The landfill sits only 100 feet from the front porches of some residents, who say they have experienced frequent foul odors, upset appetite, respiratory problems, headaches, dizziness, nausea and vomiting. They also complain that fugitive dust from the facility has contaminated their homes, porches, vehicles, laundry and plantings.

This is how the “free hand of the market” works in America. Coal is cheap, we tell ourselves, and it fuels our glorious lifestyle, and government support of clean technology like wind and solar is socialism. And then when the inevitable disaster strikes, we make our poorest citizens suffer the longterm consequences. Oh right, and be sure to tell these poor people living with radioactive, arsenic -laden coal sludge that their health problems are just proof of how irresponsible they are. Any notion they had of getting some kind of access to the world’s best healthcare is just more crazy socialism talk.

Anyone who can’t see how all of these issues are connected is simply lying to themselves. And who is going to solve this problem? The man from Bain Capital who fired thousands so his company could be more profitable? The intellectual policy wonk who is allergic to drama?

No. It’s our problem. We caused it. We are the ones who demanded “cheap” electricity, so we’ll just ignore the costs on things like healthcare, blame the people who are suffering, remind ourselves we’re a Christian nation, drop a check in the collection plate on Sunday and call it a day.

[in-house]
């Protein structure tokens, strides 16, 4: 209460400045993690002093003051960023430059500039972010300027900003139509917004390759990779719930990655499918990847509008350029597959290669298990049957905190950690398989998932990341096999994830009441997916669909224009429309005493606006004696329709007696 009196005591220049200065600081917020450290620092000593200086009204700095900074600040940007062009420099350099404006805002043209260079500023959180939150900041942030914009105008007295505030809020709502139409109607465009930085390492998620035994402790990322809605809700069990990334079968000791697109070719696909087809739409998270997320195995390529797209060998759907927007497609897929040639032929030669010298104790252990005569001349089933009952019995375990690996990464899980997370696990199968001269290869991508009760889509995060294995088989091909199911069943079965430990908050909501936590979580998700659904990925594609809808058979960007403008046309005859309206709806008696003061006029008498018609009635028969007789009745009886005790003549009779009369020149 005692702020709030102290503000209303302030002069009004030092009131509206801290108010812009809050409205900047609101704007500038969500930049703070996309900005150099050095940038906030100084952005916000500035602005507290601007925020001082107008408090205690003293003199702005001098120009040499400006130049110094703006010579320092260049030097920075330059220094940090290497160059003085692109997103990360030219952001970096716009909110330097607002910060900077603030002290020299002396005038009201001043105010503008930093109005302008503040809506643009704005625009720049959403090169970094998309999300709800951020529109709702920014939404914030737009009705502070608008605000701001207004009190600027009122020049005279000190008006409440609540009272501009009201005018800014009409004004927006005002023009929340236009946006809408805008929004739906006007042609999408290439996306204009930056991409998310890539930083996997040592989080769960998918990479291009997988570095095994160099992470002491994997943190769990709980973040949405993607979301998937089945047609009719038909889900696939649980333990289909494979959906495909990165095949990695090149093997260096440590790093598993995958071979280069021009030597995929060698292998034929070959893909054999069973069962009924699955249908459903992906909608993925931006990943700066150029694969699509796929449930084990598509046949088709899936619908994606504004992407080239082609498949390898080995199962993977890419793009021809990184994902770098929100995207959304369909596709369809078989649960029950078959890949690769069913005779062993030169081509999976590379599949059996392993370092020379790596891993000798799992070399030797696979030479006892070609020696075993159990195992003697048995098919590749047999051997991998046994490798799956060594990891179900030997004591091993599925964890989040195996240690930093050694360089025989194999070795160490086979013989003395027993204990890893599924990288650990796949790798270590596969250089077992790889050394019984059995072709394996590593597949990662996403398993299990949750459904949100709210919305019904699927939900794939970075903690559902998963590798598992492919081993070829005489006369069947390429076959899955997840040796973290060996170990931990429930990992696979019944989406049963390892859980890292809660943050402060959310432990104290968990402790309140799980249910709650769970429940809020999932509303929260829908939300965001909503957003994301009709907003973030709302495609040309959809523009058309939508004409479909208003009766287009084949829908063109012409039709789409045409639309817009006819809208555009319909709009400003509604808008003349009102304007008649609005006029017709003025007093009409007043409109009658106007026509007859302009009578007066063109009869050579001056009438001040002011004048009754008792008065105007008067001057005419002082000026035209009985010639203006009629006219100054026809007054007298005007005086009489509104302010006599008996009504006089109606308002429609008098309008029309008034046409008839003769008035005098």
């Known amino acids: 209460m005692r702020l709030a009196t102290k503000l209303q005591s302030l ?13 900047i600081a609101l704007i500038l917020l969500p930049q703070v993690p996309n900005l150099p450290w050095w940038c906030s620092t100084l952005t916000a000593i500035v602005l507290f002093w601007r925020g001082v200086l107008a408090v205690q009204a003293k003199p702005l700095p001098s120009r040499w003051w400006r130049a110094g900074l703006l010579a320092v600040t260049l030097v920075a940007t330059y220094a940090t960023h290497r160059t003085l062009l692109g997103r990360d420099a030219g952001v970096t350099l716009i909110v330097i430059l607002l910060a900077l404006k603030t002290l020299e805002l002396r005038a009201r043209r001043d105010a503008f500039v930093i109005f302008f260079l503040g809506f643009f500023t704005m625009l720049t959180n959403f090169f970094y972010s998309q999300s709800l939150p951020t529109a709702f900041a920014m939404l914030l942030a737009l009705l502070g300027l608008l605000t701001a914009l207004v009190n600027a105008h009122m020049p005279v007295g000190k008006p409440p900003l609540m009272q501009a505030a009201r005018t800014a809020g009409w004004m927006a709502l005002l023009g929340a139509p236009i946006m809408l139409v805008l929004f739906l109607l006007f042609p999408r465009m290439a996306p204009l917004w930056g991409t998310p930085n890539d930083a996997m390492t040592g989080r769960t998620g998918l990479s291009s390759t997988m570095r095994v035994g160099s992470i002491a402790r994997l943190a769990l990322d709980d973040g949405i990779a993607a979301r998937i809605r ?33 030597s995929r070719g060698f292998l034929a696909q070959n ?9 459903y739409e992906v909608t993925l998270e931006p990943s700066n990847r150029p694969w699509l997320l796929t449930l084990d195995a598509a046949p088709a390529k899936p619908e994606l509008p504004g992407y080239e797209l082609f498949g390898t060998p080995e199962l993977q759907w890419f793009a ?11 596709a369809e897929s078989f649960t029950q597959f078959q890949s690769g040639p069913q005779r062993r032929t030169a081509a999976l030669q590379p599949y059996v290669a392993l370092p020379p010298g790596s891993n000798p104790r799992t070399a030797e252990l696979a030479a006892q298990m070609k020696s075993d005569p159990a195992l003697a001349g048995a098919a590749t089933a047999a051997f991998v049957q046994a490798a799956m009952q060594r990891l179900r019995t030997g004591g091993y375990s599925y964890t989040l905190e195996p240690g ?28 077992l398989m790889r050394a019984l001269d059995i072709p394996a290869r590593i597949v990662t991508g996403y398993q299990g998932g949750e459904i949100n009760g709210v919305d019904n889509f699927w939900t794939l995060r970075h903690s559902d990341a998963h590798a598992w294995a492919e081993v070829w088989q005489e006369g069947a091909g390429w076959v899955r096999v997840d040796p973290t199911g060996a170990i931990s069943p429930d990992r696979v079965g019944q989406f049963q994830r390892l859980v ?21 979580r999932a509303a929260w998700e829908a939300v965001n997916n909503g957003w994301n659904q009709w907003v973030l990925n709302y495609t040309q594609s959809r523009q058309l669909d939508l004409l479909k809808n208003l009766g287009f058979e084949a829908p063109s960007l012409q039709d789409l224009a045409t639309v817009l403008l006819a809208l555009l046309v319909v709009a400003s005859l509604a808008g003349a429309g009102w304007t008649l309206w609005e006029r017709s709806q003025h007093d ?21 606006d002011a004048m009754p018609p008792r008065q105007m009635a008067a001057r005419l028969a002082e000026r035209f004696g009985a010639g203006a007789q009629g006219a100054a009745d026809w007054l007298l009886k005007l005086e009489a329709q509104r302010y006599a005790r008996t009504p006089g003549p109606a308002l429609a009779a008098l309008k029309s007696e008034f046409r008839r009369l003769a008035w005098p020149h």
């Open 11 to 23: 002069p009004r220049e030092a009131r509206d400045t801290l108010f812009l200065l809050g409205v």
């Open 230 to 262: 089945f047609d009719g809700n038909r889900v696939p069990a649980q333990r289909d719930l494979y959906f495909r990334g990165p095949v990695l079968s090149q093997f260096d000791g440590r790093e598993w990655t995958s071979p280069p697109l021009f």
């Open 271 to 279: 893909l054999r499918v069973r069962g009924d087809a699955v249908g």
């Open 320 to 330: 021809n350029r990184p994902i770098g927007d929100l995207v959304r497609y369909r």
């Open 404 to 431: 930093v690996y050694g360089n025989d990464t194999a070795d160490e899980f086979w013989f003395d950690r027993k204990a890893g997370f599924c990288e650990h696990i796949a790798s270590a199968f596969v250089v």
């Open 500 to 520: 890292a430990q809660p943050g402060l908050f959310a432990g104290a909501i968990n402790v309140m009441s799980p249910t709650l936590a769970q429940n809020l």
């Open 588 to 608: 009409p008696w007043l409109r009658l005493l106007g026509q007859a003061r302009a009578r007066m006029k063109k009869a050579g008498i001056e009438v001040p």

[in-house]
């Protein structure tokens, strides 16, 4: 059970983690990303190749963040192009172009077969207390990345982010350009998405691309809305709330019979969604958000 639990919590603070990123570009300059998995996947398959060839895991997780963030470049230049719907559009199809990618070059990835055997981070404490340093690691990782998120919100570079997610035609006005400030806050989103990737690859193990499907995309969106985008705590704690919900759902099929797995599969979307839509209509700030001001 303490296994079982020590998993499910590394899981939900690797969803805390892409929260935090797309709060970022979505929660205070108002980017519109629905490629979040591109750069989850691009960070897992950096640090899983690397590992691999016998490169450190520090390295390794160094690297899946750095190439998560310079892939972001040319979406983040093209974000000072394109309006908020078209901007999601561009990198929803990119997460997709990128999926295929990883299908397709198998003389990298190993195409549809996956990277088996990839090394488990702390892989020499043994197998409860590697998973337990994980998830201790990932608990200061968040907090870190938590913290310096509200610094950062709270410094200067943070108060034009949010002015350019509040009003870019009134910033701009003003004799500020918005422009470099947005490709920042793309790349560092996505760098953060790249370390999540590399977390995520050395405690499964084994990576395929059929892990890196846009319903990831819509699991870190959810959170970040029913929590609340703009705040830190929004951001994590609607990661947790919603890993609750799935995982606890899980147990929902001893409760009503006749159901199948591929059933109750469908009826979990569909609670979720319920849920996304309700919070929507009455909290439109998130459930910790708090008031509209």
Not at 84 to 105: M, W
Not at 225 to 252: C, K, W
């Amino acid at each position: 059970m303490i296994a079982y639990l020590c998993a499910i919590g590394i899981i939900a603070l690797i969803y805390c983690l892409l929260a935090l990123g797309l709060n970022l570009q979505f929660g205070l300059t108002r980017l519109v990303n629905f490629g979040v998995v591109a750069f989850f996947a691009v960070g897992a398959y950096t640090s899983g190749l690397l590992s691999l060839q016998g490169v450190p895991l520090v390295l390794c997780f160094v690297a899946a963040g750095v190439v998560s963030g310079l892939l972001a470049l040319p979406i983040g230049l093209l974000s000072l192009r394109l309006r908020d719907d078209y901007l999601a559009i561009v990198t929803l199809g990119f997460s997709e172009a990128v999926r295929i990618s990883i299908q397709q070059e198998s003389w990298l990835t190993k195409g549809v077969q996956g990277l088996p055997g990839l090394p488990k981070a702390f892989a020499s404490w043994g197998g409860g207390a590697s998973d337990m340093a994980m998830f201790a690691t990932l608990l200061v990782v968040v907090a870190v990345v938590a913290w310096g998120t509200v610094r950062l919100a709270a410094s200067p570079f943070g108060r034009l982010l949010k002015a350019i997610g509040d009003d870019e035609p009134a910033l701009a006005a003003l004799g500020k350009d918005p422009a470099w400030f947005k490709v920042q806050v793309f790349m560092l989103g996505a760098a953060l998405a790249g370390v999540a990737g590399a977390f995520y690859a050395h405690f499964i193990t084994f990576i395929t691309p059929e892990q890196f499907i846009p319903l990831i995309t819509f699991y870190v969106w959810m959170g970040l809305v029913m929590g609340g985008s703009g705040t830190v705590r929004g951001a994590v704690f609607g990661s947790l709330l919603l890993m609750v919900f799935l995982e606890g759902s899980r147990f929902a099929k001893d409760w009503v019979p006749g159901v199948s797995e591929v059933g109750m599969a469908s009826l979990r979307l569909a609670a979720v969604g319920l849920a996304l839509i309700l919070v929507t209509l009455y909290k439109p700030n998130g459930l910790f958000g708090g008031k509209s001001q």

How much longer can we operate like this? Not much, I’m afraid.

Wake up, America.

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Filed under ash spill, clean coal, eco-justice, environment, EPA, racism, Tennessee

Choosing Between Poverty & Poison

I’m watching a re-run of CBS 60 Minutes’ piece on toxic e-waste sent to China. This quote from Jim Puckett of watchdog group Basel Action Network resonated:

“It’s a helluva choice between poverty and poison. We should never make people make that choice.”

Damn straight. It’s what we’re talking about when we discuss “environmental racism” and “eco-justice.” It’s also little different from how we are dealing with the toxic coal ash from last year’s Kingston Fossil Plant spill, save by degrees. Indeed, the toxic coal ash from Kingston is now being hauled to a landfill in economically depressed, predominantly African American Perry County, Ala. And it’s causing a rift in that community because we’ve basically asked those folks to make a choice we never should have burdened them with.

These stories always seem to follow the same pattern. On the one hand there is the lure of money and jobs:

A per-ton “host fee” that the landfill operators pay the county will add more than $3 million to the county’s budget of about $4.5 million.